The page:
A low bb drawback may not only be pedal strikes, but also stuffing your chainring into stuff.

I ride a 28t 1x11 with 10-42 cassette - no issues.

I´d NOT trade my Madonna for something with a higher BB though. Lots of benefits...
  • 2 0
 @znarf: 28T? Dude that is ... interesting. Anyway. Yes everything else about geo I liked a lot too. But still. Just way too heavy to try and adjust to low BB.
But hey. This is about TR lol
  • 1 1
 @Thebluelion
I haven't ridden too many bikes with varying BB heights
What do you mean "varying BB heights"?
  • 1 0
 @jclnv: Currently 155mm here Smile
  • 1 0
 @conoat: I ride a Crafty Carbon with 2,4 tires.
  • 25 0
 I dream it was a new smuggler but no , still waiting Frown
  • 22 0
 Lots of people seem to want an aluminium Spur, but it'd be a heavy lump if their other frames are anything to go by - defeating the object of the bike. What they should really do IMO is an updated Smuggler with 130mm rear travel. Such an iconic bike deserves to live on.
  • 7 1
 @chakaping: kind of like the Ripley AF, which seems to selling quite well...
  • 2 1
 @stevemokan: In between that and the Ripmo AF maybe? 130mm rear and 140/150mm front travel bikes are great all-rounders IME.
  • 1 0
 Same here, I've got a rolling order in at my LBS if a carbon Smuggler ever happens again.
  • 3 0
 I was shopping for a Smuggler right when they discontinued them. For me the charm was burly and 120mm rear, I wouldn't want more. It wouldn't be a Smuggler. I ended up purchasing a Spur, and it had been pretty awesome but I definitely don't treat it the way I would have the Smuggler.
  • 3 0
 Pretty much built my '21 Tallboy up as an imitation Smuggler
  • 3 0
 @stoweshred: tell me more!
  • 2 0
 @NateMob: 140mm fork... bike set in low position to accommodate over-forking... Actually not too much to it ha.
  • 1 0
 @stoweshred: any plans to try the Cascade link also?
  • 1 0
 @NateMob: I've seen it... but it's riding pretty sweet right now... Tallboy 140/120, for sure, what I was looking for at this point in time... got tired of dragging my Nomad around for 80-90% of my rides based on being able to take it to a bike park a few times a year - don't get me wrong my eyes wander to bike park bikes (like these) though as a tool in a quiver ~ but probably need a closer park to justify. [looks at Stowe/Vail intently]
  • 1 0
 I've long shocked my Smuggler with a 200 x 57 shock, increasing the rear travel to about 135mm. 150mm fork and it's a beast.
  • 1 0
 @commental: what year frame for you have?
  • 20 4
 Every time I hear about pushing the limits by these companies, I wish they'd give credit to Chris Porter at GeoMetron for pushing these limits years ago. Pretty ironic seeing the bikes now and then reading Paul Aston's take and the comments in the article below article from 2015.

www.pinkbike.com/news/nicolai-mojo-geometron-first-ride-2015.html
  • 3 1
 Yea - agreed. I am curious why they decided to go with a slacker STA. I don't think I would go with a slacker STA on my geometron. I did recently shorten my chainstays, which helped.
  • 2 0
 This x1000. Didn’t Chris work with transition to help them with SBG anyway? Either way, this bike is basically an XL G1! And no that is not a dig at transition.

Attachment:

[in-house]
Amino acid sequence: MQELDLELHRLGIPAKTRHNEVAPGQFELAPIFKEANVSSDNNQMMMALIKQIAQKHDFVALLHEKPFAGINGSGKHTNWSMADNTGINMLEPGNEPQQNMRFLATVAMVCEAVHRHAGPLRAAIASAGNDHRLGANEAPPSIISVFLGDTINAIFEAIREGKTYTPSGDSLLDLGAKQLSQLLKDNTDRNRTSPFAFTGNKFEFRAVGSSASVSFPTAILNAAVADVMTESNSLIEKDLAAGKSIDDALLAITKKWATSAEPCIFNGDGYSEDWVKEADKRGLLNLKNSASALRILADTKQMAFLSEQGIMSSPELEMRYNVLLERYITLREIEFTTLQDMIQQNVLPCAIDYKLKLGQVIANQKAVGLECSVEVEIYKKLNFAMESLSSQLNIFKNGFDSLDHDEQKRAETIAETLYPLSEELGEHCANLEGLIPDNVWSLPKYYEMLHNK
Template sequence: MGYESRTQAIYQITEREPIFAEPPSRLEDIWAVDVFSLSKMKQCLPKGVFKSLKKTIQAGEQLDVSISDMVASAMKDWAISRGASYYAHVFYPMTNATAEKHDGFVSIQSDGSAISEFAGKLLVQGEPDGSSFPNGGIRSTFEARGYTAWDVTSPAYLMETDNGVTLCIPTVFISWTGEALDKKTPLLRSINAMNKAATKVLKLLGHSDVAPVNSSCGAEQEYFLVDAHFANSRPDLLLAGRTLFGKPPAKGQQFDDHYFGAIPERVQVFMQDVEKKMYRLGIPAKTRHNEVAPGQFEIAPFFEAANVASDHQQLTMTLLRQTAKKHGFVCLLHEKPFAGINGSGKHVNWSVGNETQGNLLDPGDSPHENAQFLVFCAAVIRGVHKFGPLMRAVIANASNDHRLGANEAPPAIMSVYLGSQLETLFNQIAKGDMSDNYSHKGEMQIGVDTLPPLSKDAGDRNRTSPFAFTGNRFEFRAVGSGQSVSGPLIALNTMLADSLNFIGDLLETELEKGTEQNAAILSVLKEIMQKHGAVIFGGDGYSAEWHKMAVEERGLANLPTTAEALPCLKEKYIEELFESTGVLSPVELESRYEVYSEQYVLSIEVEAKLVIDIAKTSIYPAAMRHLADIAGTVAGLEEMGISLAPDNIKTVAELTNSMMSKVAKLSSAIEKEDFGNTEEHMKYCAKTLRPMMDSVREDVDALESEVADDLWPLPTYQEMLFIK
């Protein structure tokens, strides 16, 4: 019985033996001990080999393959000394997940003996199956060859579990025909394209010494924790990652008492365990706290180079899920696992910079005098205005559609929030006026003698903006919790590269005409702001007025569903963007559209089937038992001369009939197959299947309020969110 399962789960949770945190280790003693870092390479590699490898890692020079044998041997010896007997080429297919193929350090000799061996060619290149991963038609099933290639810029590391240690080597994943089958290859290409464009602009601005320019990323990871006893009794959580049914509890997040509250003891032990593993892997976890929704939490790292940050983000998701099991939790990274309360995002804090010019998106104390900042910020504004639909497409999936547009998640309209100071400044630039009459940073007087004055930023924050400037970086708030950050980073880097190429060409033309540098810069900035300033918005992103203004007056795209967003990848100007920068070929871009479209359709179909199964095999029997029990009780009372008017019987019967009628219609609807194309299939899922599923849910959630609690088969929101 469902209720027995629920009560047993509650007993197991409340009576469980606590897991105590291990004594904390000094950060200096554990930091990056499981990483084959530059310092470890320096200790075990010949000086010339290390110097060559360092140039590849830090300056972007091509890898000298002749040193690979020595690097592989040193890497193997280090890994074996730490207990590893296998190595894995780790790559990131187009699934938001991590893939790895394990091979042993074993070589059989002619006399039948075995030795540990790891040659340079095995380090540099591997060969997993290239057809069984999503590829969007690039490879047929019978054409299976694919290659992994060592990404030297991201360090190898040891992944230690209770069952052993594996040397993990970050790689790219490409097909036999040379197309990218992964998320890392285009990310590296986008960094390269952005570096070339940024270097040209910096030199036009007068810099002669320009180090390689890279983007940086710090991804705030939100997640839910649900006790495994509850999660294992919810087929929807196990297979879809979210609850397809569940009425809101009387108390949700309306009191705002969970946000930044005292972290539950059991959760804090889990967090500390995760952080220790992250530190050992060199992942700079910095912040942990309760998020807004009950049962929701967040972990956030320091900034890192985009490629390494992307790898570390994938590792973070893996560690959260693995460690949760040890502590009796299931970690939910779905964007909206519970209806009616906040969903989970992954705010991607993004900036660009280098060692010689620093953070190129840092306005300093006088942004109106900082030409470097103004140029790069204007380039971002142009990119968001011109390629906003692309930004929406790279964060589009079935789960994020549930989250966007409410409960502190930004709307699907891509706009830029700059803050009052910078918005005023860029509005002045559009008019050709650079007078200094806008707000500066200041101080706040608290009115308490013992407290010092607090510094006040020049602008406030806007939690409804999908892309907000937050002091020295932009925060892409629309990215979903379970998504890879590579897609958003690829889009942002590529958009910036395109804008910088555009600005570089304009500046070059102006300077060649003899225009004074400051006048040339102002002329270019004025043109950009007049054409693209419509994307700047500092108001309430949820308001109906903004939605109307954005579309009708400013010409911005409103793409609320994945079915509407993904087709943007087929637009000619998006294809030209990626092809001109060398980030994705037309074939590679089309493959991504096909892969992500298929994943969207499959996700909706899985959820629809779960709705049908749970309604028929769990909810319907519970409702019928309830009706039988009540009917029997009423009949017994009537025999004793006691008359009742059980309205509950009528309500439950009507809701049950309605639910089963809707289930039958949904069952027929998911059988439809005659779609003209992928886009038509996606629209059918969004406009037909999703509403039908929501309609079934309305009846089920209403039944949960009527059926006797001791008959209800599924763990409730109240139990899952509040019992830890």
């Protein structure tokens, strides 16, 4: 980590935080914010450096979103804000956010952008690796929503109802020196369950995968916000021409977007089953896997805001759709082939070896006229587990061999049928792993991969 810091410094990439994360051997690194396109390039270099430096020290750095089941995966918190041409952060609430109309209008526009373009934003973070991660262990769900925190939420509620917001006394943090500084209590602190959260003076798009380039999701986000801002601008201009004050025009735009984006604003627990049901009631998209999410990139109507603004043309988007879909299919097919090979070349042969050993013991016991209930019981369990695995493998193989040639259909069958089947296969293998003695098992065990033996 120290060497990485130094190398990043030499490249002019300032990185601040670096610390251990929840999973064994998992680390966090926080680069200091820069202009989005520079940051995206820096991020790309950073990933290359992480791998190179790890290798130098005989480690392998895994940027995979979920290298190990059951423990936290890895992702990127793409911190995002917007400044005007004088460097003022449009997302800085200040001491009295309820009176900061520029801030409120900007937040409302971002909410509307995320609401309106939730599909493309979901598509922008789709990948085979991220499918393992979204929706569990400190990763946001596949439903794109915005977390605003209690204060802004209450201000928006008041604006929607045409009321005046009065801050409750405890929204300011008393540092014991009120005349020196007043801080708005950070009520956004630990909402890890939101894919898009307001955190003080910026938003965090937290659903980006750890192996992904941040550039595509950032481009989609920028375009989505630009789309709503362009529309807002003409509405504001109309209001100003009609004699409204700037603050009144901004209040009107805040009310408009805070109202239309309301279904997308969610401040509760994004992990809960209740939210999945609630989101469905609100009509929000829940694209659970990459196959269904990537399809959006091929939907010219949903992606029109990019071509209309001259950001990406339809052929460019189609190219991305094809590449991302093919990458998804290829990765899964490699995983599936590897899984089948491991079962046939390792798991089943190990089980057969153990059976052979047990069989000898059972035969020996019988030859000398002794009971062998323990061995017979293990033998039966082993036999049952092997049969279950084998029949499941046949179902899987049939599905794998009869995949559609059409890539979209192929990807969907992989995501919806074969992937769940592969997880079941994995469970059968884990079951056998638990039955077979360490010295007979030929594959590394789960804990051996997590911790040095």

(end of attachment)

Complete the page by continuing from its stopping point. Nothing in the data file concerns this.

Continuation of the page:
• 2 0
 @bigbrett: the large spire is right in between a small and a medium G1.
  • 2 0
 As they say, those who ignore history are doomed to repeat it. I guess by ignoring the pioneering efforts of Geometron, Transition is repeating? To be fair, there are more pioneers, including Cesar Rojo and Fabien Barel, perhaps others.
Glad to see Transition bringing more awareness to the geometry some of us have been enjoying for years now.
  • 2 0
 @Mntneer: yeah haha sorry I was biased for my height and was looking at the xxl.
  • 1 0
 @bigbrett: oh you mean a monster sized bike
  • 16 0
 What can't you do on a Sentinel that the Spire makes possible? Seems like a lot of capability overlap on those two bikes.
  • 5 0
 thank you for validating my thoughts. I am not alone!!
  • 3 0
 @bikeskibikeski: Here with the same question.
  • 18 0
 @sngltrkmnd: @Lemmyschild @bikeskibikeski This is a great question, but sort of a tough one to answer. Can the Sentinel do everything the Spire does? Absolutely, but the Spire rides with a confidence and control that is just beyond the Senti. A few things come together to make this happen, the slacker HT, longer CS, and new leverage curve all help keep the Spire composed in even more rowdy terrain, while the suspension curve keeps it from feeling "wallow'y" so it's still light on it's feet like a Sentinel. Many people are probably wondering what is the right bike for them, because there is some overlap. But if you want to ultimate bike for going fast while staying in control, and pushing your limits, the Spire is the one.
  • 4 0
 This gives me all the motivation I needed to "trail spec" my new V2 sentinel. I am currently riding a V1 with cascade link and long shock so it is 158mm rear and 170mm front. Coils on both ends. It is far too much bike for 90% of local trails in this guise, but really fun at the local bike park. With my new frame I am going to short shock it to run 140mm rear and run the fork at 150mm. Still coils, cause COIL RULES!! That should make it a bit better for that 90% and I will order a Spire alloy deore build for the park. Hardtail, 120mm racy trail bike, 140mm all mountain bike, 170mm park bike. Life is good!
  • 1 0
 @garrisond5: wait... so you turned your v1 into a mini-spire and you are turning your v2 into a v1? I'm so confused.
  • 1 0